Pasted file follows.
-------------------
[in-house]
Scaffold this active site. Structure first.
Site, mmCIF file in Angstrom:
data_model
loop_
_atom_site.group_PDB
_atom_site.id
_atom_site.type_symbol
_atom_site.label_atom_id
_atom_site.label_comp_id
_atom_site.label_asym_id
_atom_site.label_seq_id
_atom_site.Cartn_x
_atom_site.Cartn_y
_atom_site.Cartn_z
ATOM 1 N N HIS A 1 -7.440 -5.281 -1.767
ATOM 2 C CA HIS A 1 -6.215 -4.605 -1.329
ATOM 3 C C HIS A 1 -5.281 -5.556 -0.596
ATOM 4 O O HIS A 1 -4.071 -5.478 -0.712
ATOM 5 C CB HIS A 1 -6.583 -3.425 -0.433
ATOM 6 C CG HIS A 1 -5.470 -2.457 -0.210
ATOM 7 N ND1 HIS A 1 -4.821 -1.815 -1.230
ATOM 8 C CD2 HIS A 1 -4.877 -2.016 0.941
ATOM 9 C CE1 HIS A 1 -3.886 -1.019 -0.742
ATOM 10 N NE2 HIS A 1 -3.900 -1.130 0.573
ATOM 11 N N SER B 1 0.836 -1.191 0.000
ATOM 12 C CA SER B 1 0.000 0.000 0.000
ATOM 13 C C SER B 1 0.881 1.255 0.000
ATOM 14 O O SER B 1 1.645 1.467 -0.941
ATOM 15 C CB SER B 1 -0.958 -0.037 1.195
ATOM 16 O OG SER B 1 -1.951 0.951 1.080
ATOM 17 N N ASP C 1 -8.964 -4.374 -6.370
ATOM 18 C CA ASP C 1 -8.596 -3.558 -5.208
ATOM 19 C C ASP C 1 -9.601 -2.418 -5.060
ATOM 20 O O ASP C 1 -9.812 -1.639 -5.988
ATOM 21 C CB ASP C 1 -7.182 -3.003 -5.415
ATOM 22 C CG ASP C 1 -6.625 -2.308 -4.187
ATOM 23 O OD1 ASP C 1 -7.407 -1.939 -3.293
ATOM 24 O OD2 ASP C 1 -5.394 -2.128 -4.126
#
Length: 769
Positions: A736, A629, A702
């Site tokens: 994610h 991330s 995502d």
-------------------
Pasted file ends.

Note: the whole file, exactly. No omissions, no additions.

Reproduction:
[in-house]
Scaffold this active site. Structure first.
Site, mmCIF file in Angstrom:
data_model
loop_
_atom_site.group_PDB
_atom_site.id
_atom_site.type_symbol
_atom_site.label_atom_id
_atom_site.label_comp_id
_atom_site.label_asym_id
_atom_site.label_seq_id
_atom_site.Cartn_x
_atom_site.Cartn_y
_atom_site.Cartn_z
ATOM 1 N N HIS A 1 -7.440 -5.281 -1.767
ATOM 2 C CA HIS A 1 -6.215 -4.605 -1.329
ATOM 3 C C HIS A 1 -5.281 -5.556 -0.596
ATOM 4 O O HIS A 1 -4.071 -5.478 -0.712
ATOM 5 C CB HIS A 1 -6.583 -3.425 -0.433
ATOM 6 C CG HIS A 1 -5.470 -2.457 -0.210
ATOM 7 N ND1 HIS A 1 -4.821 -1.815 -1.230
ATOM 8 C CD2 HIS A 1 -4.877 -2.016 0.941
ATOM 9 C CE1 HIS A 1 -3.886 -1.019 -0.742
ATOM 10 N NE2 HIS A 1 -3.900 -1.130 0.573
ATOM 11 N N SER B 1 0.836 -1.191 0.000
ATOM 12 C CA SER B 1 0.000 0.000 0.000
ATOM 13 C C SER B 1 0.881 1.255 0.000
ATOM 14 O O SER B 1 1.645 1.467 -0.941
ATOM 15 C CB SER B 1 -0.958 -0.037 1.195
ATOM 16 O OG SER B 1 -1.951 0.951 1.080
ATOM 17 N N ASP C 1 -8.964 -4.374 -6.370
ATOM 18 C CA ASP C 1 -8.596 -3.558 -5.208
ATOM 19 C C ASP C 1 -9.601 -2.418 -5.060
ATOM 20 O O ASP C 1 -9.812 -1.639 -5.988
ATOM 21 C CB ASP C 1 -7.182 -3.003 -5.415
ATOM 22 C CG ASP C 1 -6.625 -2.308 -4.187
ATOM 23 O OD1 ASP C 1 -7.407 -1.939 -3.293
ATOM 24 O OD2 ASP C 1 -5.394 -2.128 -4.126
#
Length: 769
Positions: A736, A629, A702
């Site tokens: 994610h 991330s 995502d």